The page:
Dual output pressure, temperature transducers
These transducers combine both pressure sensor and temperature sensor in one compact package for measuring dynamic and static pressures and temperatures.
The PT170 and PT17XX series transducers combine both pressure sensor and temperature sensor in one compact package for measuring dynamic and static pressures and temperatures. The PT170 provides pressure output in millivolts-per-volt and is designed to provide a variety of high level analog and digital outputs. Both sensor types are welded stainless steel, and incorporate reliable bonded foil strain gauge technology and durable RTD elements. All units are manufactured with shock and vibration protection.
The pressure/temperature sensors also offer user-specific process connections and electrical terminations. Temperature probe dimensions are designed specifically for the user’s applications. A 4-20 mA output version of the series PT17XX is available where intrinsically safe requirements are specified. The model PT1714 is the CANbus version of the series PT17XX.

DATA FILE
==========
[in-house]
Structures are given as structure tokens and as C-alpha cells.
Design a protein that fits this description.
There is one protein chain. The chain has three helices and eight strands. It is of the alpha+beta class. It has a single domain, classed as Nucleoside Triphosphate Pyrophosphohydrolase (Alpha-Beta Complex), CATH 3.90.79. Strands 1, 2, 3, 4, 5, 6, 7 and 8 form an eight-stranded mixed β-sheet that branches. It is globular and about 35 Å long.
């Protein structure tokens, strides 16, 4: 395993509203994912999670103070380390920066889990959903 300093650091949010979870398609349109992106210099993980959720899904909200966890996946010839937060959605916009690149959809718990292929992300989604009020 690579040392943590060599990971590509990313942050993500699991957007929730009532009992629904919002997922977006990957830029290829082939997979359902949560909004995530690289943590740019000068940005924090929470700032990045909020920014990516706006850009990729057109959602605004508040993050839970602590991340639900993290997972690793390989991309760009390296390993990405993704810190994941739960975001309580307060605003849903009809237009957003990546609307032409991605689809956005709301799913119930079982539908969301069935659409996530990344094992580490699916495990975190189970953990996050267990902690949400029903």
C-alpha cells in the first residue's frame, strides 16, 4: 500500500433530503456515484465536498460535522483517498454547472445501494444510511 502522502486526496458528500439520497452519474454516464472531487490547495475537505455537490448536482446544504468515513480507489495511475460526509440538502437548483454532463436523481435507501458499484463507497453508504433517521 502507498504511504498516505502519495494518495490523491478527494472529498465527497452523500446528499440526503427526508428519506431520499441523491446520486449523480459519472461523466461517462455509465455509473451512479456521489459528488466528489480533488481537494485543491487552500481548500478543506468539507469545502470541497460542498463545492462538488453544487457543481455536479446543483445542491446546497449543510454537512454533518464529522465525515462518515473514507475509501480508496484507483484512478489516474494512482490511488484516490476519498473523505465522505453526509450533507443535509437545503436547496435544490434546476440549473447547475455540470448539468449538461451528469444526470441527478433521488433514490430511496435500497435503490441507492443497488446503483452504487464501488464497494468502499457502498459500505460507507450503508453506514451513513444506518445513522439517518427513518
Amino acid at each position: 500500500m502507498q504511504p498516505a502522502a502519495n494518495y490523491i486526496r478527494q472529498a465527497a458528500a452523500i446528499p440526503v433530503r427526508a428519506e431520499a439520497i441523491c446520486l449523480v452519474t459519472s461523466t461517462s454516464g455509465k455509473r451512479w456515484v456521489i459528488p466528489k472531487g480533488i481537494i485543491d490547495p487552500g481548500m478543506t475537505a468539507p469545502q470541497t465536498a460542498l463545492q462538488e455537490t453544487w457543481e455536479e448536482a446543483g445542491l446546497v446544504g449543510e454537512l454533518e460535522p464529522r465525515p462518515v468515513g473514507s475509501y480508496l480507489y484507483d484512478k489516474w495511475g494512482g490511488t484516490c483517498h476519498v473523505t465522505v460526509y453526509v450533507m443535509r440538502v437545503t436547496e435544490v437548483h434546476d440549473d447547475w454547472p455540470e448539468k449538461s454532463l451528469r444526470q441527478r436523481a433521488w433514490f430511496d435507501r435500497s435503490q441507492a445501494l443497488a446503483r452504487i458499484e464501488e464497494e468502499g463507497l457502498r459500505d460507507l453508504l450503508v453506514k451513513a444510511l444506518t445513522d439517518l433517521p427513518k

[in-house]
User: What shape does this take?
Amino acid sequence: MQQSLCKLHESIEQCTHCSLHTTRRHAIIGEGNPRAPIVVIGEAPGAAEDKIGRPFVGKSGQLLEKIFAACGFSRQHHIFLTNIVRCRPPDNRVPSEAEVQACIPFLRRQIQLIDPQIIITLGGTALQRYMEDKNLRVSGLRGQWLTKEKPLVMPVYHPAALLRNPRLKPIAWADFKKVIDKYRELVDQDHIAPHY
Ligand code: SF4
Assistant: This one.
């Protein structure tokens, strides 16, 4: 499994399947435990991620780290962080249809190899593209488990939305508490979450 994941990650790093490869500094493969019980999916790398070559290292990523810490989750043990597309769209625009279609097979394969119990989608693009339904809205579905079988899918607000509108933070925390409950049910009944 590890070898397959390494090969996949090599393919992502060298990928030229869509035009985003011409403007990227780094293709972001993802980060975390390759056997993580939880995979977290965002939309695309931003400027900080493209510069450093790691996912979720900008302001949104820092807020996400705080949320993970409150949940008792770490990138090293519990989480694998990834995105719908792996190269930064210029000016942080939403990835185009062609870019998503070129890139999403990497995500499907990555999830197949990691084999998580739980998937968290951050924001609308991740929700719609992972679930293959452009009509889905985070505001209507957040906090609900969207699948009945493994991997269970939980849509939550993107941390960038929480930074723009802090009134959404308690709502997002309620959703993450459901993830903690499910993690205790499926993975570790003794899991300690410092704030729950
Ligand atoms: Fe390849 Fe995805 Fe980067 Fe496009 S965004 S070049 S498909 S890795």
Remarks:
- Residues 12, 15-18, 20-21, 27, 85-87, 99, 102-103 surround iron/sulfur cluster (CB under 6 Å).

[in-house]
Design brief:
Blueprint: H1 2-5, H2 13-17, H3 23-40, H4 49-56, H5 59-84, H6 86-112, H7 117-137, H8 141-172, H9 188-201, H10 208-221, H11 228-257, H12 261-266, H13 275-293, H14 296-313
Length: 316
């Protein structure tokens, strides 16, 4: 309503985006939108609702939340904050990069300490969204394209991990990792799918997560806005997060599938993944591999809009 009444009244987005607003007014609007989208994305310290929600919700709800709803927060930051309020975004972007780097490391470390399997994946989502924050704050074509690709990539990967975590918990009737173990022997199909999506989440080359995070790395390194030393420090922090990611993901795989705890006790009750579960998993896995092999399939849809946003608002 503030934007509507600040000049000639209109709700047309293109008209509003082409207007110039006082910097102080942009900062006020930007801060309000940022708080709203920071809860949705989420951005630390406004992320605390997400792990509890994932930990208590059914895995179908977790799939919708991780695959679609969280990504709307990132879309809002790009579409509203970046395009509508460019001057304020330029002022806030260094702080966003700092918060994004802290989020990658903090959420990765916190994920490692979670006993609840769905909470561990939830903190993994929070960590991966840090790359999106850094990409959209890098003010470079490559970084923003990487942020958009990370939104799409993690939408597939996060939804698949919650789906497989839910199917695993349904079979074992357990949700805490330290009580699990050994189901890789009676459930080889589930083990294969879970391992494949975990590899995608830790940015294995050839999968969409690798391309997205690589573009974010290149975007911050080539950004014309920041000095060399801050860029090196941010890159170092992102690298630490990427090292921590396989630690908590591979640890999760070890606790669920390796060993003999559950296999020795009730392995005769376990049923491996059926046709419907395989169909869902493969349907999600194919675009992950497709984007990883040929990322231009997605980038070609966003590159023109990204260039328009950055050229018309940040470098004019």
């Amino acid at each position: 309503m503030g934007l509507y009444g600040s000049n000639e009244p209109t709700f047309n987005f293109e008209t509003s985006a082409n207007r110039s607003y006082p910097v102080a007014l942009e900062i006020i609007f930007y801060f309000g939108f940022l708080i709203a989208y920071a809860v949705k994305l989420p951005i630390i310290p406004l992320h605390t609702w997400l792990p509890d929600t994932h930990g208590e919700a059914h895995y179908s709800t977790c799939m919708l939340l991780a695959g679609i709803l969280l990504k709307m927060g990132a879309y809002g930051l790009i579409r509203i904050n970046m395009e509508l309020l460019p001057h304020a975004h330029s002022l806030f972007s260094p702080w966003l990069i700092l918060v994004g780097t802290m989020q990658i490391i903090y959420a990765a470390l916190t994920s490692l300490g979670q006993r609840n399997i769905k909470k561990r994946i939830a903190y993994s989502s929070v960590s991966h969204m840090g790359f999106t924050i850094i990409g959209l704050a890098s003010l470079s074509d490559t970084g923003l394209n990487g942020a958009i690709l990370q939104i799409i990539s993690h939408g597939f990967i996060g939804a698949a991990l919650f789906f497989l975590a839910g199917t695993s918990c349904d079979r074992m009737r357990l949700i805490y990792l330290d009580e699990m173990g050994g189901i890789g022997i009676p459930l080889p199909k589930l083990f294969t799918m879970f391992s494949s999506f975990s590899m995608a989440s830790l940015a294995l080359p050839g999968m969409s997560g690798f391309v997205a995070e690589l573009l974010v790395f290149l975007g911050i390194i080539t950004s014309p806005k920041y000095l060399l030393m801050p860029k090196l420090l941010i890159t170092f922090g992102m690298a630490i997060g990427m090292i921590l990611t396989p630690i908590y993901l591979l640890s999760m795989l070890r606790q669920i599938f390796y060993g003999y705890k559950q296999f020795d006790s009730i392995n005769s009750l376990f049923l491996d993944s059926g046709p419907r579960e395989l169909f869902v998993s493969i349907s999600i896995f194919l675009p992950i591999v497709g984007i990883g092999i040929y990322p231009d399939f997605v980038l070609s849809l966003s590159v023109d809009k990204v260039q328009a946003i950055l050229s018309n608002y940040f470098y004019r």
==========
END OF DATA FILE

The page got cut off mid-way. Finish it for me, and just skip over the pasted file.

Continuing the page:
These dual output pressure/temperature transducers provide significant cost savings where pressure and temperature measurements are concerned. No thermowells are needed; process connections are simplified; sensor inventory is reduced; and reduced wiring make the sensors applicable to process plants and industrial automation and control.
Stellar Technology Inc. (STI)
Annual Salary Survey
After almost a decade of uncertainty, the confidence of plant floor managers is soaring. Even with a number of challenges and while implementing new technologies, there is a renewed sense of optimism among plant managers about their business and their future.
The respondents to the 2014 Plant Engineering Salary Survey come from throughout the U.S. and serve a variety of industries, but they are uniform in their optimism about manufacturing. This year’s survey found 79% consider manufacturing a secure career. That’s up from 75% in 2013 and significantly higher than the 63% figure when Plant Engineering first started asking that question a decade ago.